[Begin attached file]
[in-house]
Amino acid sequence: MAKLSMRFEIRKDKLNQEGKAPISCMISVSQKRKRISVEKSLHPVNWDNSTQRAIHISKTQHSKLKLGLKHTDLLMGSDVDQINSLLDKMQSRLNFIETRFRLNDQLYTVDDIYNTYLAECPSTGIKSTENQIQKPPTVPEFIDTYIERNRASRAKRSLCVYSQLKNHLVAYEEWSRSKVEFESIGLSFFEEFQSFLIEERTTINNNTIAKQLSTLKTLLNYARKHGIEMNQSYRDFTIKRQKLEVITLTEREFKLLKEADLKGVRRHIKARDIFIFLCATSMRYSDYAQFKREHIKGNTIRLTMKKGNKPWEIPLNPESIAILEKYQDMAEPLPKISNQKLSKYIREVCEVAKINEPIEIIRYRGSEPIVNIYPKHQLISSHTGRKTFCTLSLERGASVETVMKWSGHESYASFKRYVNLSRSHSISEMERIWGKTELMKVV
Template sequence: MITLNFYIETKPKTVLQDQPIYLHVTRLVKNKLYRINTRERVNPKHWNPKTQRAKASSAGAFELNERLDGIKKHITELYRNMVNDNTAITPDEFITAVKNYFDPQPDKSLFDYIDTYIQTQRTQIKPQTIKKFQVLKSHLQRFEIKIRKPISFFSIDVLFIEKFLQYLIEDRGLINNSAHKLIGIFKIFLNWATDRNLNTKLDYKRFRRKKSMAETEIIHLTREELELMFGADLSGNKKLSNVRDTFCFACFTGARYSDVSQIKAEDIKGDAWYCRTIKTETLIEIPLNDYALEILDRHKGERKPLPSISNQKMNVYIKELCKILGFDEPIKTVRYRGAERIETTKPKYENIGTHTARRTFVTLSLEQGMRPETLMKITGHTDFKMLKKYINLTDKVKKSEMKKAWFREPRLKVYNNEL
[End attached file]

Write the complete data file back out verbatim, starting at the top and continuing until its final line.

[in-house]
Amino acid sequence: MAKLSMRFEIRKDKLNQEGKAPISCMISVSQKRKRISVEKSLHPVNWDNSTQRAIHISKTQHSKLKLGLKHTDLLMGSDVDQINSLLDKMQSRLNFIETRFRLNDQLYTVDDIYNTYLAECPSTGIKSTENQIQKPPTVPEFIDTYIERNRASRAKRSLCVYSQLKNHLVAYEEWSRSKVEFESIGLSFFEEFQSFLIEERTTINNNTIAKQLSTLKTLLNYARKHGIEMNQSYRDFTIKRQKLEVITLTEREFKLLKEADLKGVRRHIKARDIFIFLCATSMRYSDYAQFKREHIKGNTIRLTMKKGNKPWEIPLNPESIAILEKYQDMAEPLPKISNQKLSKYIREVCEVAKINEPIEIIRYRGSEPIVNIYPKHQLISSHTGRKTFCTLSLERGASVETVMKWSGHESYASFKRYVNLSRSHSISEMERIWGKTELMKVV
Template sequence: MITLNFYIETKPKTVLQDQPIYLHVTRLVKNKLYRINTRERVNPKHWNPKTQRAKASSAGAFELNERLDGIKKHITELYRNMVNDNTAITPDEFITAVKNYFDPQPDKSLFDYIDTYIQTQRTQIKPQTIKKFQVLKSHLQRFEIKIRKPISFFSIDVLFIEKFLQYLIEDRGLINNSAHKLIGIFKIFLNWATDRNLNTKLDYKRFRRKKSMAETEIIHLTREELELMFGADLSGNKKLSNVRDTFCFACFTGARYSDVSQIKAEDIKGDAWYCRTIKTETLIEIPLNDYALEILDRHKGERKPLPSISNQKMNVYIKELCKILGFDEPIKTVRYRGAERIETTKPKYENIGTHTARRTFVTLSLEQGMRPETLMKITGHTDFKMLKKYINLTDKVKKSEMKKAWFREPRLKVYNNEL